Zoom says obscene ‘Zoombombings’ aren’t its problem, legally
Don’t blame Zoom if your church’s or school’s virtual meeting was disrupted by outsiders heckling you with profanity or streaming pornography.
So says the teleconferencing company in a court filing arguing that it is shielded from lawsuits over so-called Zoombombings under the same federal law that protects other internet platforms from being sued when a terrorist is inspired by social media posts.
Zoom Video Communications Inc. is fighting a rash of lawsuits alleging that privacy and security flaws jeopardized the safety of the video-conferencing app as its use exploded worldwide amid the COVID-19 pandemic. Among the incidents that spurred suits are the hijacking of a San Francisco church’s senior citizen Bible study class with images of child pornography and the unwelcome presence of men in a private pole dancing class sponsored by a studio in Austin, Texas.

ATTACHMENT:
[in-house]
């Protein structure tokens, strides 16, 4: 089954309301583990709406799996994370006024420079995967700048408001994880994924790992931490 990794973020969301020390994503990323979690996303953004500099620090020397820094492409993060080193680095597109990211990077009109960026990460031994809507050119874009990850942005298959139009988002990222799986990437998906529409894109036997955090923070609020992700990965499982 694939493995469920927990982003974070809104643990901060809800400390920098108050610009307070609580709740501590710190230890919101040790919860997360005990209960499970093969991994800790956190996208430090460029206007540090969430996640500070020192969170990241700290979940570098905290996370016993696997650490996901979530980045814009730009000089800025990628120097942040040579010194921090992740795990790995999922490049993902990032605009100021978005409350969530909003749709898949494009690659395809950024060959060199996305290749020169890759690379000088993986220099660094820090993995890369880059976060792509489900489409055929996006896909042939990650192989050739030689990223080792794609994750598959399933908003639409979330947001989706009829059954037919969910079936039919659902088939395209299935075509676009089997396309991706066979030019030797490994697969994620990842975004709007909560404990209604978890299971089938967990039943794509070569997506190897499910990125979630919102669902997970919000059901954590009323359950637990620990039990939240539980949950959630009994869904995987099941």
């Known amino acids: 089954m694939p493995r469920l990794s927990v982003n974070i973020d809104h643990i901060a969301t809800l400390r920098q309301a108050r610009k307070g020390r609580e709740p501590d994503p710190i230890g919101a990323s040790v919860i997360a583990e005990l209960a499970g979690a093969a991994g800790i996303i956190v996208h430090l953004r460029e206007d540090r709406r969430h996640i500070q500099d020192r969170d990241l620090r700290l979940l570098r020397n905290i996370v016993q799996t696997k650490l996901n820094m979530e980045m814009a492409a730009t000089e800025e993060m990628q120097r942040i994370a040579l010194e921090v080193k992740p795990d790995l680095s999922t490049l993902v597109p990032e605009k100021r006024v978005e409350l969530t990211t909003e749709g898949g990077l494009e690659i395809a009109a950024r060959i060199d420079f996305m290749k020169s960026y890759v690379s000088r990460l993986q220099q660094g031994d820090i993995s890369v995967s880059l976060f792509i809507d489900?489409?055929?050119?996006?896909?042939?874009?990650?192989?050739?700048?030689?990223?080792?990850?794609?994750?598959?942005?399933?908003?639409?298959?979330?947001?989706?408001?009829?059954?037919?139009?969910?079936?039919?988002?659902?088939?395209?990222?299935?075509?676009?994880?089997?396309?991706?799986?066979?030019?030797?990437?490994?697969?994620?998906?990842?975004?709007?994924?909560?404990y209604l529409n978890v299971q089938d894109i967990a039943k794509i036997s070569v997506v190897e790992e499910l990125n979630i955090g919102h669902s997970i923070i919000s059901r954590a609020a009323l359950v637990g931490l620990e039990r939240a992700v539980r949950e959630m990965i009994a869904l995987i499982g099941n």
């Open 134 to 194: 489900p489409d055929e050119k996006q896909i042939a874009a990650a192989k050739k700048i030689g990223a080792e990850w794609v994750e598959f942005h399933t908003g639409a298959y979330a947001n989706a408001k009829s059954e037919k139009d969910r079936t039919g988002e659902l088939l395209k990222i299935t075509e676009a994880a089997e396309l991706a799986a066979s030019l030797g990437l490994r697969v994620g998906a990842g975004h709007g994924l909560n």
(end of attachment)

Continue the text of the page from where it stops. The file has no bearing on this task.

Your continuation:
The company says those intrusions and others are exactly what Congress had in mind when it enacted a law in 1996 that broadly immunizes online publishers from mischief by those who use their sites.
The court should dismiss all the Zoombombing claims because “Zoom plays no role whatsoever in developing the offensive conduct, but instead engages in the quintessential type of publisher activity” that’s protected by section 230 of the Communications Decency Act, according to Monday night’s filing in federal court in San Jose, California.
The cases are before U.S. District Judge Lucy Koh, who has issued pioneering rulings holding Silicon Valley giants accountable for internet privacy violations.
Zoom said it has aggressively responded to safety concerns, including by holding weekly town halls with Chief Executive Eric Yuan to “candidly” discuss efforts to improve privacy and security.
In addition to failing to protect against Zoombombings, the company has been accused of illegally sharing users’ personal data with Facebook Inc. and misleading the public about its encryption protocols.
Zoom argues that the plaintiffs haven’t specifically alleged how they were personally harmed by its practices and urged Koh to dismiss claims including those of negligence and invasion of privacy.